Andrews began actively volunteering after joining the board, and he’s found the work to be a “growing” experience.
“When I started my working career, the company I was with was very keen on supporting the United Way, and my attitude was, ‘Yeah, I’ll go ahead give a little bit of my paycheck each year,’ but I didn’t truly understand what that meant to help support the United Way,” he said. “To me, volunteering has been a growing experience, you could say. It’s really opened my eyes to what one individual can do to support the community and put smiles on people’s faces. It adds worth to what I’m doing on this earth, so there’s a lot of value in it.
“I hope more people see it like that. You’re not just donating money or time, you’re actually making a difference and might even become a better person for it.”
During this time of pandemic precautions, Andrews said some programs need more volunteers.
“The food bank, I understand, have had some folks that aren’t volunteering as often because of COVID-19, but the food bank needs some support and needs some volunteers,” he said.
The coronavirus pandemic has likewise delayed the implementation an initiative United Way has been working on for several months, United We Work.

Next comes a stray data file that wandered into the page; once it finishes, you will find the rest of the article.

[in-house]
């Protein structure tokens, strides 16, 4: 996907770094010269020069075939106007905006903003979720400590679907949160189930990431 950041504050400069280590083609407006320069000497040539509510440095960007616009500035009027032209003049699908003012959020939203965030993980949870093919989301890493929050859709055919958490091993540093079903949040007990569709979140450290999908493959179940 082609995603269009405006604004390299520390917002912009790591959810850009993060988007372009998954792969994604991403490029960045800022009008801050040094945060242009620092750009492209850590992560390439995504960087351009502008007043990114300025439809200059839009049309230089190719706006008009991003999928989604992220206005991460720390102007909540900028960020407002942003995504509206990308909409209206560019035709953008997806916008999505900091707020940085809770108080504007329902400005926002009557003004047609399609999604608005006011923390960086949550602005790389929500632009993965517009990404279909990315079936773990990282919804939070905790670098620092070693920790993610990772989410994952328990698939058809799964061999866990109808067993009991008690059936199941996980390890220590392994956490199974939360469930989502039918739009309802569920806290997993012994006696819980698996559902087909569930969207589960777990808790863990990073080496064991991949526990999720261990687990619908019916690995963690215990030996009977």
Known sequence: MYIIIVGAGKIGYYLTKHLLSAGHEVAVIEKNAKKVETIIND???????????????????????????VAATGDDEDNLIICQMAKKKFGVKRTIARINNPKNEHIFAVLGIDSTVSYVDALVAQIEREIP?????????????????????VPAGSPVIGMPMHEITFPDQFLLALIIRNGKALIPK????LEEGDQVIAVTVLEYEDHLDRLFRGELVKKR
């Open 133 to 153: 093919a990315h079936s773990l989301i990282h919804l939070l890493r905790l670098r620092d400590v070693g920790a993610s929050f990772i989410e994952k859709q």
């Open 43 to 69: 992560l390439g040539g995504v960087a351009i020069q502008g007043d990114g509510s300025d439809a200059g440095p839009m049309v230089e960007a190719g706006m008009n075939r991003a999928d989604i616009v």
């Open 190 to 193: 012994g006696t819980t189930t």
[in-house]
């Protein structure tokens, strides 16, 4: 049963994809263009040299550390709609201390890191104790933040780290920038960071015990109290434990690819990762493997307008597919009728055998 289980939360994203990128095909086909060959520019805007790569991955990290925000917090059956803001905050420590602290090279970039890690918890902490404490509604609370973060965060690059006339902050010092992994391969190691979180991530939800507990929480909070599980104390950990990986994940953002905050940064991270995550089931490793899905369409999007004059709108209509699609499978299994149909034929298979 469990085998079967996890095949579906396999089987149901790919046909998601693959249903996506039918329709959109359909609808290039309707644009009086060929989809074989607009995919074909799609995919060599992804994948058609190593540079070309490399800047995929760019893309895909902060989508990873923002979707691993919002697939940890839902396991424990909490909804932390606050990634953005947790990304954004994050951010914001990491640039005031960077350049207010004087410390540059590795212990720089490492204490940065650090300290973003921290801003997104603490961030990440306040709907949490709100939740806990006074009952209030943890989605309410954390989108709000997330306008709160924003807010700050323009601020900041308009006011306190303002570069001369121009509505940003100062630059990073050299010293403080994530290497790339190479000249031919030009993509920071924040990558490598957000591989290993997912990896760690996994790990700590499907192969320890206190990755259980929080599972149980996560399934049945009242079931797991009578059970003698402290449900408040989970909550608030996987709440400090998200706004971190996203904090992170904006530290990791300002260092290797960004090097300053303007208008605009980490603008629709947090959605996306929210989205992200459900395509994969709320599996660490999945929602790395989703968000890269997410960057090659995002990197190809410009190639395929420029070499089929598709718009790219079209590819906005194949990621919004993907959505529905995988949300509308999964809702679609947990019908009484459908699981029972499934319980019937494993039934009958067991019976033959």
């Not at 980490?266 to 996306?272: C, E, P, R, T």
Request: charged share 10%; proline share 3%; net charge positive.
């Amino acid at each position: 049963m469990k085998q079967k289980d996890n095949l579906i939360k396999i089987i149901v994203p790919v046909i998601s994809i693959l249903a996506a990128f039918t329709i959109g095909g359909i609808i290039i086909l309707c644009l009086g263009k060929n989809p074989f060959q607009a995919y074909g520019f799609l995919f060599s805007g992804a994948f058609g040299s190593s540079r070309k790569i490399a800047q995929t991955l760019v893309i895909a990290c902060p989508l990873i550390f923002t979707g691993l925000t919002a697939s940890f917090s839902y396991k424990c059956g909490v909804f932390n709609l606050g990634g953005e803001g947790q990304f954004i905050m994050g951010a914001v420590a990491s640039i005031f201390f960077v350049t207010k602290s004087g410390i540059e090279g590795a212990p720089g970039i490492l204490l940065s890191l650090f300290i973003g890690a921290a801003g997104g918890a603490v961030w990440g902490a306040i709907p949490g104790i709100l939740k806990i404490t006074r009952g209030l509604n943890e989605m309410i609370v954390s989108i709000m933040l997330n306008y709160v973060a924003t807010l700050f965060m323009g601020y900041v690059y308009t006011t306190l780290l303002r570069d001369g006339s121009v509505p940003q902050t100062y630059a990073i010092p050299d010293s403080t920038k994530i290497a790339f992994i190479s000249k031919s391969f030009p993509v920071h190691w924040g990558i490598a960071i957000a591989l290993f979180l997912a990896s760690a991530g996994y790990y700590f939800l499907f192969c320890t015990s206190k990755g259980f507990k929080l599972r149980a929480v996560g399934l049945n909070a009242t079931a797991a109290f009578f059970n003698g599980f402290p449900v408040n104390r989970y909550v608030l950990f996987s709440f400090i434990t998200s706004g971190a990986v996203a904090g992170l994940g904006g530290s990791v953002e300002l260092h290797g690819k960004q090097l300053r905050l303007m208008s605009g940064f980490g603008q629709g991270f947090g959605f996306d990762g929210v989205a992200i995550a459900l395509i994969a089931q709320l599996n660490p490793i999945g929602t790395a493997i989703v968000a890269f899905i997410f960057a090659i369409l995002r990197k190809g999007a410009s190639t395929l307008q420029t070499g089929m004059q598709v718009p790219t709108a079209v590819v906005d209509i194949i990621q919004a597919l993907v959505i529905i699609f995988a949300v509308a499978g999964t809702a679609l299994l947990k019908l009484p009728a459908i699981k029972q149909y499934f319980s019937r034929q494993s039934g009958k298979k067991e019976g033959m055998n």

Johnson said the program helps participants, particularly those working but still not financially secure, find more stability though a four-step process.
The program would assess a participant’s circumstances, their financial needs, their skills and their obstacles, and then use programs like First Impressions or scholarships in order to get participants prepared for more gainful employment. Next, participants will be given the opportunity to attend monthly workshops to learn how to manage their finances through budgeting, saving and improving their credit.
Participants can then take the next step towards important larges purchases like a vehicle or house. Finally, participants are encouraged to get involved in the community through volunteer work.
Johnson said life might need to return back to normal so United Way can work with applicants in person. Until then, she said plans are to begin finding candidates by the end of April.
“That program will be directly through our office, and we’ll have the applicants apply online,” she said. “Once they’re selected, they’ll receive coaching and help to go from a non-financially stable household to being financially stable and able to take care of themselves, as well as their families. We’ll focus on job preparedness and readiness, and we’ll have workshops monthly.”
In the meantime, United Way MSJC’s board has dedicated $200,000 to a COVID-19 relief fund to support direct services. Andrews said those wishing to contribute or help as volunteers can find more information at United Way MSJC’s social media pages.
“Look online,” he said. “Look at the different partner agencies you would feel comfortable working with, like Samaritan Counseling or Shorkey Center. Go online to the United Way social media pages such as Facebook, Instagram and there’s some good information about how folks can help the United Way and help our partner agencies.”